Why it is important that television gets it right? The answer should be obvious: television forms the ethos of America. From television, children learn values, the intricacies of relationships, and how they should feel about their sexuality. In addition to being entertained, older people want to gain insights into their own lives as well as into those of others. In some ways, young gay men have gained more ground on television than straight, especially older, women. With shows like “Glee” and HBO’s new “Looking,” television writers, producers, and directors are taking the relationships of gay men seriously. Sadly, there is still very little realistic female sexuality being portrayed on television. The biggest gain has been that normal women have sex at all. But, beyond that, little is known about what normal, straight women are like, least of all women over 40. (By “normal,” I mean any woman who is not a sex professional, like porn stars, strippers, or prostitutes). Young women are usually still simply lumped into the dichotomous categories of slut or girl next door, while older women…ugh! They have been saddled with that god-awful label of “cougar.” I am praying that this term will go the way of “hussy” and “gal” and become antique quite soon.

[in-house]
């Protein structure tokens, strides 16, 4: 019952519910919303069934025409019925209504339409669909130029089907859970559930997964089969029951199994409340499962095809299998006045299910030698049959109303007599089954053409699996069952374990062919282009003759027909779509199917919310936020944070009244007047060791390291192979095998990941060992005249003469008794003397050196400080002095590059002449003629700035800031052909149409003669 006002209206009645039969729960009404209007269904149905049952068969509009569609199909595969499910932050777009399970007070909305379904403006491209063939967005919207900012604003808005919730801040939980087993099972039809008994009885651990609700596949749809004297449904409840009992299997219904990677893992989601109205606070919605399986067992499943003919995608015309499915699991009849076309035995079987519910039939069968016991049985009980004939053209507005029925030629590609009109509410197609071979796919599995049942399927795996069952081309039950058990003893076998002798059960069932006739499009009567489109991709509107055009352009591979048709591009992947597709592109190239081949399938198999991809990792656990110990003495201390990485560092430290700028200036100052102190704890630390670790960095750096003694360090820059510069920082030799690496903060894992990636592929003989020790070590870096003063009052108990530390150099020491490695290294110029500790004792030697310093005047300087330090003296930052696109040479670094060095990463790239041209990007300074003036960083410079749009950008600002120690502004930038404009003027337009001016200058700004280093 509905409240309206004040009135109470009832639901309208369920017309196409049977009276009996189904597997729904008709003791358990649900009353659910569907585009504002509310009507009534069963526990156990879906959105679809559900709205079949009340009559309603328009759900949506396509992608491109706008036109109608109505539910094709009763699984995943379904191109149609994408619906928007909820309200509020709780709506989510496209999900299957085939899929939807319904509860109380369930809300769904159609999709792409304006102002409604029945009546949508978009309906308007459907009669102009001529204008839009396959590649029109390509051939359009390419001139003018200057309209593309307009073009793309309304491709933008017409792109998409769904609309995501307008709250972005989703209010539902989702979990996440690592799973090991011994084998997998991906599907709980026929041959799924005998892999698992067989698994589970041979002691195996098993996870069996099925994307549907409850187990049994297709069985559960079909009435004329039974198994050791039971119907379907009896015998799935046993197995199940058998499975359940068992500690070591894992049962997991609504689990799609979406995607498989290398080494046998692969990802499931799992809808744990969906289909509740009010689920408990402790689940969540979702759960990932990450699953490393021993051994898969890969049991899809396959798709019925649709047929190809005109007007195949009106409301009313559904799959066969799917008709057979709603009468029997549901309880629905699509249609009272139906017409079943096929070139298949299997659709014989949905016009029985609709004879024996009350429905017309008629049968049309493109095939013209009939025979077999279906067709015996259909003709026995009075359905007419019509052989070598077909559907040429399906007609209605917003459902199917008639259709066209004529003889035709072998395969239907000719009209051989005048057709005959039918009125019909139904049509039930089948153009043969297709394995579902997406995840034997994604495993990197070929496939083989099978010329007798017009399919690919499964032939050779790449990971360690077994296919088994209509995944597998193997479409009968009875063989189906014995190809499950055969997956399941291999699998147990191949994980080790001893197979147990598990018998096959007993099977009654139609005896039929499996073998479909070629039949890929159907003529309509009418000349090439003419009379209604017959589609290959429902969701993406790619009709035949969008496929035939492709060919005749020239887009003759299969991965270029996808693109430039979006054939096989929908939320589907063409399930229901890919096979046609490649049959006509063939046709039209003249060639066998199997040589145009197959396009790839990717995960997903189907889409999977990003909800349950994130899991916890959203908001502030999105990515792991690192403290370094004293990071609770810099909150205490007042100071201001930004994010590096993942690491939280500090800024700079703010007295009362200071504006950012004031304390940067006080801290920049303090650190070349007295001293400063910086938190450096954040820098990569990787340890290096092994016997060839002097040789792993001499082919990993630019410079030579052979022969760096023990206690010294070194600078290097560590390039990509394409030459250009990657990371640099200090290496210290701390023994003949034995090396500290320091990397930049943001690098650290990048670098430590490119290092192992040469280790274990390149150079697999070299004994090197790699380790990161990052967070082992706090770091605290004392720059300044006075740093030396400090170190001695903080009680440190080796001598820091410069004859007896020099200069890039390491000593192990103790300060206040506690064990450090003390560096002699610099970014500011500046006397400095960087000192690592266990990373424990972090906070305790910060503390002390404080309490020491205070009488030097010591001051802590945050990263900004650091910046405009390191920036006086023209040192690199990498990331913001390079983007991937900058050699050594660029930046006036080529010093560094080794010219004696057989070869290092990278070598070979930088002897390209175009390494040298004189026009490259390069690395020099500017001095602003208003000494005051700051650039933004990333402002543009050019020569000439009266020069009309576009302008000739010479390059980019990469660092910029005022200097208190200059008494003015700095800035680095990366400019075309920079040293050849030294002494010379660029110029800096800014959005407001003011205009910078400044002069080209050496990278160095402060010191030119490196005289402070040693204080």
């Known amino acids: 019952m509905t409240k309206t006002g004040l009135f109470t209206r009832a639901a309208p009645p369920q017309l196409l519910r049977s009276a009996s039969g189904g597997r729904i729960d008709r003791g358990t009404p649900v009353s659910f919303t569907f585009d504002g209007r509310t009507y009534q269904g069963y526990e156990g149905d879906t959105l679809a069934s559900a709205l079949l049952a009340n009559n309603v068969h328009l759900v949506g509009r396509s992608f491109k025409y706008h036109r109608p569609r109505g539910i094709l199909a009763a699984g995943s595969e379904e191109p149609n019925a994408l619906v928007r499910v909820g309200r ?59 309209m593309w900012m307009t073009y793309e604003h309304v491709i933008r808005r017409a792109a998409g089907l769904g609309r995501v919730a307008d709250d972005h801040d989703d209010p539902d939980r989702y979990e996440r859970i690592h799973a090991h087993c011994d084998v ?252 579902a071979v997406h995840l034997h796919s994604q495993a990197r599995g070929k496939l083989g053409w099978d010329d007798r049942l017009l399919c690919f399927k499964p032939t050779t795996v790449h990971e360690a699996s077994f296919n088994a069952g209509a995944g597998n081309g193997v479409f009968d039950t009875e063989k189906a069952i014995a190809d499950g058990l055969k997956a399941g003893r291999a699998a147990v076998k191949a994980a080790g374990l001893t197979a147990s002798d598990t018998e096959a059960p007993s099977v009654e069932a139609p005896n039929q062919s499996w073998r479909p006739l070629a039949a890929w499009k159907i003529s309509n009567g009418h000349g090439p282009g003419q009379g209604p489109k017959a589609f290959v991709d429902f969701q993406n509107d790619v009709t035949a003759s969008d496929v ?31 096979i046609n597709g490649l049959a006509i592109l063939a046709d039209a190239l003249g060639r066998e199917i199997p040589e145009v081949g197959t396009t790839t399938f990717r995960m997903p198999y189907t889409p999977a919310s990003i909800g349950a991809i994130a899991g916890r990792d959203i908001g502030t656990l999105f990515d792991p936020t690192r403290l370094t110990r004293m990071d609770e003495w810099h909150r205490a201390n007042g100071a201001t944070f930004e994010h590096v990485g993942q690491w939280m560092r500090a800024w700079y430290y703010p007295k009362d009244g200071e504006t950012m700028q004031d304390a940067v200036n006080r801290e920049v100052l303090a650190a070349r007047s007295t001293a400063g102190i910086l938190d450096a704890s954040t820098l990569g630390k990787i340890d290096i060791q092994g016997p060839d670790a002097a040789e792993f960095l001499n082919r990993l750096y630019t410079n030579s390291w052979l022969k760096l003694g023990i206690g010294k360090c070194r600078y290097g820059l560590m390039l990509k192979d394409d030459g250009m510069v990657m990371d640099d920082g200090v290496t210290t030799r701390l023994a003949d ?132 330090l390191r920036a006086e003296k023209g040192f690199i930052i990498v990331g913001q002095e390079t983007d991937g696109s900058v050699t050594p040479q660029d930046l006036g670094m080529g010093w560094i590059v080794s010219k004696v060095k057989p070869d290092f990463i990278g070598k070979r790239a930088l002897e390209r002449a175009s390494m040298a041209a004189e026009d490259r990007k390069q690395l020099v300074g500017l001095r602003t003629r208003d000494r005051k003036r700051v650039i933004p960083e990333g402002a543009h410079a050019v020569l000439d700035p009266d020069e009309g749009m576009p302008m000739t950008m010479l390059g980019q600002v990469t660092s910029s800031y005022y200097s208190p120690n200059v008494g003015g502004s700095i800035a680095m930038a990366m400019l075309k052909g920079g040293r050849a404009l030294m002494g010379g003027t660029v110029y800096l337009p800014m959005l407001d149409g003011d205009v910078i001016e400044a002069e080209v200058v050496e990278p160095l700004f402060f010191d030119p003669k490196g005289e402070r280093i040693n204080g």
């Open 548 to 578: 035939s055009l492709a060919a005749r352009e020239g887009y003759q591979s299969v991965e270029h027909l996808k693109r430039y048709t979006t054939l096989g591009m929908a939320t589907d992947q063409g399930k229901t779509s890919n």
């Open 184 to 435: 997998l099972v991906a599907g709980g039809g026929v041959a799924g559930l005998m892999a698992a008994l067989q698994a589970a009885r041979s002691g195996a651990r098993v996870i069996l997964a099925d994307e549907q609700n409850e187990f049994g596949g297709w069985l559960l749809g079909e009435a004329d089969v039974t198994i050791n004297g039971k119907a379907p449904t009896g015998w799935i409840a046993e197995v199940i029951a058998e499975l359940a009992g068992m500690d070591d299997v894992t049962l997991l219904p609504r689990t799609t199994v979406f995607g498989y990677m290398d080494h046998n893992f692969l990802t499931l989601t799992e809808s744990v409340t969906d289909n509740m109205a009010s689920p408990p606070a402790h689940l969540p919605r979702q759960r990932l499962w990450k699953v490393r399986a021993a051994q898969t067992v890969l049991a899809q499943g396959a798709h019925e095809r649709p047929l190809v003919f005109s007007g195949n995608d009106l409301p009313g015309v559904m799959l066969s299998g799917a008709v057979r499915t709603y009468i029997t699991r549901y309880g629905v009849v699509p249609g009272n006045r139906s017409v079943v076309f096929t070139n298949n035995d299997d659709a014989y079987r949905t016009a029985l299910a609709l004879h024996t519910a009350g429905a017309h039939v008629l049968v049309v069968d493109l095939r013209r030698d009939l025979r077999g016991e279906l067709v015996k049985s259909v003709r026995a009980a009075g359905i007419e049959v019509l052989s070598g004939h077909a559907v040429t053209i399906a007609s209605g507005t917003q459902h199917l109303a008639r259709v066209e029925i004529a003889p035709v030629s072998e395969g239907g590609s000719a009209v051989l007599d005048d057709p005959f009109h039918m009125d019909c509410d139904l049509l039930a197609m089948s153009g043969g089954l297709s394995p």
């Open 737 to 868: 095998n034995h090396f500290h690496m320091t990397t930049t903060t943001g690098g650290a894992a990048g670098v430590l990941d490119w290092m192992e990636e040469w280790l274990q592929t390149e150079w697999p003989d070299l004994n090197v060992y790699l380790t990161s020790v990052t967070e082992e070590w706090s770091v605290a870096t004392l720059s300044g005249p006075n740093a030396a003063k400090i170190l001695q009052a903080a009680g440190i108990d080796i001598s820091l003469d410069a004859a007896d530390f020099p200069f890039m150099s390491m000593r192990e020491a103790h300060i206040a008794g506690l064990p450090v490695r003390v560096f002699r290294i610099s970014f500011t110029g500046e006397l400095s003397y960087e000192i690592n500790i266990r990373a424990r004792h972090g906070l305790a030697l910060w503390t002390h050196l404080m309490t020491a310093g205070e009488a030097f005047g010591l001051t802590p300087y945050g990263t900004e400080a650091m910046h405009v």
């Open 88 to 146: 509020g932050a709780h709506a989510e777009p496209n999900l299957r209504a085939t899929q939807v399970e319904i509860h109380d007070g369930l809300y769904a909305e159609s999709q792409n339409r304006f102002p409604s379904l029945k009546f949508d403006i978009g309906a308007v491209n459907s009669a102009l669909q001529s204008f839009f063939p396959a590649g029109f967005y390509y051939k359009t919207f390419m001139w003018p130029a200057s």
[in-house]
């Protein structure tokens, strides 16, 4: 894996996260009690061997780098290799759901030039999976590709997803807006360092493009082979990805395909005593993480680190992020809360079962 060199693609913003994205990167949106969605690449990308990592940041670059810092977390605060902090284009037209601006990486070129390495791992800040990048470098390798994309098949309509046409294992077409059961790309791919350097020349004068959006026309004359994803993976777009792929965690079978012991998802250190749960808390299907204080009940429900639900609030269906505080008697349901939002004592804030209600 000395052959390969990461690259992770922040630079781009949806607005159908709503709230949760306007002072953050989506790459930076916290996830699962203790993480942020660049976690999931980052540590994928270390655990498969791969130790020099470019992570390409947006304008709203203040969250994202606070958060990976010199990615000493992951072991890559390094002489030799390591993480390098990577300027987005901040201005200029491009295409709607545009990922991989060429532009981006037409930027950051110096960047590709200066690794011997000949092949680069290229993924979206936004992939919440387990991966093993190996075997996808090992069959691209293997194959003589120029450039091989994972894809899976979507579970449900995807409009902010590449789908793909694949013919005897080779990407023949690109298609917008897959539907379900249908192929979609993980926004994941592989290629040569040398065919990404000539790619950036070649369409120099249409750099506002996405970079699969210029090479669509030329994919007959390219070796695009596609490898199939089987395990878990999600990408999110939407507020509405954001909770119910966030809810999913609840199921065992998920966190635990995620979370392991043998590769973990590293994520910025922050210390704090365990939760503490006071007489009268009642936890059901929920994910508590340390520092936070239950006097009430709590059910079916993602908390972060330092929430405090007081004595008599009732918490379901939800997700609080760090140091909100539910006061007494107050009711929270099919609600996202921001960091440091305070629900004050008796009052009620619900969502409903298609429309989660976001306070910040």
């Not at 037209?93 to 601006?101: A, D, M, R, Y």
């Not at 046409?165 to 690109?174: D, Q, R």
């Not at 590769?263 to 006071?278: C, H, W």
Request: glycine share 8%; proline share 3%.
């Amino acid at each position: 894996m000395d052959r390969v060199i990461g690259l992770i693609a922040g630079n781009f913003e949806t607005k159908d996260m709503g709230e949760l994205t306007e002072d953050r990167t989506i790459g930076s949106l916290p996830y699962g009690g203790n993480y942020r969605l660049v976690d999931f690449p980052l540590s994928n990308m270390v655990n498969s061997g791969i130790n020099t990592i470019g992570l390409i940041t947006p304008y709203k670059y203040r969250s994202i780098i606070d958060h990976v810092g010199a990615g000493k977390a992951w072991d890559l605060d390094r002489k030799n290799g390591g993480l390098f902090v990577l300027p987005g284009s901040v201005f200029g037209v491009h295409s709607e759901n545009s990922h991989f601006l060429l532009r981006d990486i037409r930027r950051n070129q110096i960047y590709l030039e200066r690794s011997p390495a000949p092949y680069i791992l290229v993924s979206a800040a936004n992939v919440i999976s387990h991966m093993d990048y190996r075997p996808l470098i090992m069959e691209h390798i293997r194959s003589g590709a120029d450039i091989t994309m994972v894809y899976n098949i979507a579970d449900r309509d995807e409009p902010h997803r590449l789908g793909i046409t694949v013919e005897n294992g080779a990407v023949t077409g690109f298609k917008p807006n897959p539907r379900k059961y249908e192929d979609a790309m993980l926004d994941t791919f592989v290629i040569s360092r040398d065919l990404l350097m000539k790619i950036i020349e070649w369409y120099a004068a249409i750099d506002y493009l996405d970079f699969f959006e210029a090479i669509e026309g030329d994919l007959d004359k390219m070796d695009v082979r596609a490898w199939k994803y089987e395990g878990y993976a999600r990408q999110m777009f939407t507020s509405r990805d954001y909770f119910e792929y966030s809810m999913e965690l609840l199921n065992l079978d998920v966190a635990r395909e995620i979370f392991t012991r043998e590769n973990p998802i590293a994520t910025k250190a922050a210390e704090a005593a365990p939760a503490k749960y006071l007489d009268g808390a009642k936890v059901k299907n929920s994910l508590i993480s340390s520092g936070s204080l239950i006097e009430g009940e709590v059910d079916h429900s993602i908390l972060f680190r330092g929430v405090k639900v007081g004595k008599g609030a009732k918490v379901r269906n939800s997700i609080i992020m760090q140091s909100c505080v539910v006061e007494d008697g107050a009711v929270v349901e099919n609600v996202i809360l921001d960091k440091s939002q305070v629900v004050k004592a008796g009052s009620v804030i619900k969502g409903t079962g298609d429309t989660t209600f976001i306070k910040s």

As long as we leave the portrayal sexuality of women to 20-something men, young women will continue to be objectified on the one hand, or dismissed on the other as simpletons who just want to cuddle and watch cute puppies on YouTube. And, older women will continue to remain a-sexual, seen only as mothers and grandmothers, or deemed crazy for having a healthy, human sex drive at all. I recall my own grandmother, who lived to be about 100 years old, watching hunky men on television with great interest. Indeed, the older I get, the more self-assured I am about what I want and what I need—even as opportunities to get what I want and need dwindle by the day.
Recently, in Vogue magazine, Lena Dunham expressed this sentiment: sexuality is “hardly a perfect puzzle…people get involved with one another for a whole range of reasons.” Let’s face it, sexuality is complicated, and ultimately, it defies labels if we are really honest about the way people actually live. I always say this, a similar sentiment to Dunham’s: people like who they like—regardless of age, race, and sometimes gender. I want to see more of that on TV.